- Apr 17, 11:47 am - "Lysistrata" w/ Lucy Lawless, Emily Perkins, Erica Spyres, Bill Youmans & Aaron David Gleason
This was wonderful and SO fun to listen to!! Now I have to go back and find some prior performances to enjoy!!
- Apr 17, 11:31 am - Life-Hack Stoicism—Is It Worth It?
Thanks Jen. It is really important to USE the life hacks... but not, as you say, over rely on them or view them as the be all and end all of what Stoicism has to offer :). Thanks for taking the time to read and comment on our article. Kai
- Apr 17, 9:36 am - Life-Hack Stoicism—Is It Worth It?
I think it’s important to USE the stoic life hacks and apply them to daily life. Utilizing them to create positive change and advancement is definitely more appropriate than only relying on them when trouble presents itself. Excellent read.
- Apr 16, 5:04 pm - "Lysistrata" w/ Lucy Lawless, Emily Perkins, Erica Spyres, Bill Youmans & Aaron David Gleason
Thank you Sung Lee!
- Apr 16, 1:43 pm - Episode 173: Relating to American Indian Philosophy (Part One)
Overall I'm glad you folks took this kind of scholarship seriously. You admitted that you may treat subjects with irreverence, as you often do with established, credible philosophical traditions and authors. However, I find the hosts' frequent dismissals of what they call "crazy" stories of animals (especially one of your remarks on the Coyote-penis in Part II--for the record the phallus, as in ancient Phonoecian and Mesopotamian culture was a necessary referent for fertility--to be patently disrespectful and offensive to this Indigenous listener. Please remember that there are people who have been told their whole lives, usually through religious and state sponsored boarding schools, that their ancestors were superstitious, simple-minded dirt worshippers and that they must be "enlightened" by Western culture. I fail to recognize the distinction between the attitudes of the hosts and the latent colonial assumptions about what kinds of ideas are worth taking seriously. Don't worry, you still have a faithful listener; but keep in mind that I come to your site for thoughtful commentary on philosophy, and my hesitations to your readings were confirmed. Perhaps you are already aware of these biases. I had only hoped for more.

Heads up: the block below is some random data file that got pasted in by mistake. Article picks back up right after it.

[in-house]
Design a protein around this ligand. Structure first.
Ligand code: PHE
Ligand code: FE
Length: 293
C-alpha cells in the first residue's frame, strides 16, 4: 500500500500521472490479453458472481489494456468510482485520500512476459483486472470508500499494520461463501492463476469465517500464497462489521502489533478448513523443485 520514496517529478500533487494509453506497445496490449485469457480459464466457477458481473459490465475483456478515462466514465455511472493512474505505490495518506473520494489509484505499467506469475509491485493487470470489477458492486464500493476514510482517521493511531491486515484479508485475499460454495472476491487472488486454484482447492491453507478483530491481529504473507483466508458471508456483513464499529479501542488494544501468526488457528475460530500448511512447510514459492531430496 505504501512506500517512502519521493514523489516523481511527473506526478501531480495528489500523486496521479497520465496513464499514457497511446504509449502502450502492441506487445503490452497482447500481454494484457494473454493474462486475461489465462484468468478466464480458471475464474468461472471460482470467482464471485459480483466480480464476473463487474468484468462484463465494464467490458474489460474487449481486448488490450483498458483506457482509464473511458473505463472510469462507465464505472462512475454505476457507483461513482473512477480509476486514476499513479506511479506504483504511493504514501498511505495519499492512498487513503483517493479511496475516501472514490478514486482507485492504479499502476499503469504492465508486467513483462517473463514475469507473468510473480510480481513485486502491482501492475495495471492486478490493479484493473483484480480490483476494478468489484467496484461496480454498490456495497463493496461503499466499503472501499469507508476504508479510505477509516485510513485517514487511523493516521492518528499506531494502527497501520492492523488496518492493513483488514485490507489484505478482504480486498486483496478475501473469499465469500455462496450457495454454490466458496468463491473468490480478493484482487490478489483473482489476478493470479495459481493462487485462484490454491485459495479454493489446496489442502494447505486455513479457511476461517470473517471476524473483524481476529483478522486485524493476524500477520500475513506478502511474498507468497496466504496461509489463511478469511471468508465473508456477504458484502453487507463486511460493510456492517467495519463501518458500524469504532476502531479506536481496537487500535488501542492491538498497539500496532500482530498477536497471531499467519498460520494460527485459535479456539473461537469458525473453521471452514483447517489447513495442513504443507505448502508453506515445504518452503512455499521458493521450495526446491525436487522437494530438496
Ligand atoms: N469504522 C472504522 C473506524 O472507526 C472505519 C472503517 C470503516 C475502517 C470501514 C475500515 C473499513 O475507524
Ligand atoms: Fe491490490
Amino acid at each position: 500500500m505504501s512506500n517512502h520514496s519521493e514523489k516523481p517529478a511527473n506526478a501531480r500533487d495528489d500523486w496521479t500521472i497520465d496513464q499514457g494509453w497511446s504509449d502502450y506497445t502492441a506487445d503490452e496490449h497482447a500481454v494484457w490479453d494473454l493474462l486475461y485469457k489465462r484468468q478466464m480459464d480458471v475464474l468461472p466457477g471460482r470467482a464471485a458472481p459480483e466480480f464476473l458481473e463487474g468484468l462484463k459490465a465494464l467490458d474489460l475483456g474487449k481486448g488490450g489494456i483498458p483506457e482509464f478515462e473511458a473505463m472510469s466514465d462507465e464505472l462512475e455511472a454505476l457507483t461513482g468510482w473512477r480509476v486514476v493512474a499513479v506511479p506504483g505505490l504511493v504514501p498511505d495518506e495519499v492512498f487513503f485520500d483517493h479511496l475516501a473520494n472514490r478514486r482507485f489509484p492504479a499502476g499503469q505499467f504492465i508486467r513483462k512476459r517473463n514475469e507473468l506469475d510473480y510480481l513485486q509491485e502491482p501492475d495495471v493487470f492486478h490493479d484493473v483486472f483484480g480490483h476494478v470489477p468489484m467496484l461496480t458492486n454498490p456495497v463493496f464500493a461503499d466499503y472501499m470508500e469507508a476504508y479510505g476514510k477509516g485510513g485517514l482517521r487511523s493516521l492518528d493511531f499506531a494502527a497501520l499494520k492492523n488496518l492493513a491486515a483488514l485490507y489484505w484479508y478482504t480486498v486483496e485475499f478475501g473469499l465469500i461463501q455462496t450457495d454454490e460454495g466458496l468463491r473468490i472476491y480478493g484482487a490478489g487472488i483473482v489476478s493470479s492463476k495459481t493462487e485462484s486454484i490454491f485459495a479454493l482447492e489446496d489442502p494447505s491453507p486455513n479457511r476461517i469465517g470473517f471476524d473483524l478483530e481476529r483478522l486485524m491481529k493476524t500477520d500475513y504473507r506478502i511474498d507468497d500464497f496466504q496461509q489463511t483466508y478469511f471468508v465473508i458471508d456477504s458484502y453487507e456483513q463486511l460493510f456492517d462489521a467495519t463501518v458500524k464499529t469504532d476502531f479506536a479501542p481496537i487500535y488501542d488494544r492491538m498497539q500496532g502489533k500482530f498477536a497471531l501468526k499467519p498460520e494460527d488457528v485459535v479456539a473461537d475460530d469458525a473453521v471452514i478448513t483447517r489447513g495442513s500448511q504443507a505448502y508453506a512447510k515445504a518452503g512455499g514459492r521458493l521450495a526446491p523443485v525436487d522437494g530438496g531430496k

- Apr 16, 12:37 pm - "Lysistrata" w/ Lucy Lawless, Emily Perkins, Erica Spyres, Bill Youmans & Aaron David Gleason
I've been listening to your podcasts a while now through apple podcasts, but this play you're doing sounds so much fun that I had to join as a citizen. Keep up the good work.
- Apr 16, 9:02 am - Episode 187 Follow-Up: The Limits of Free Speech (Citizens Only)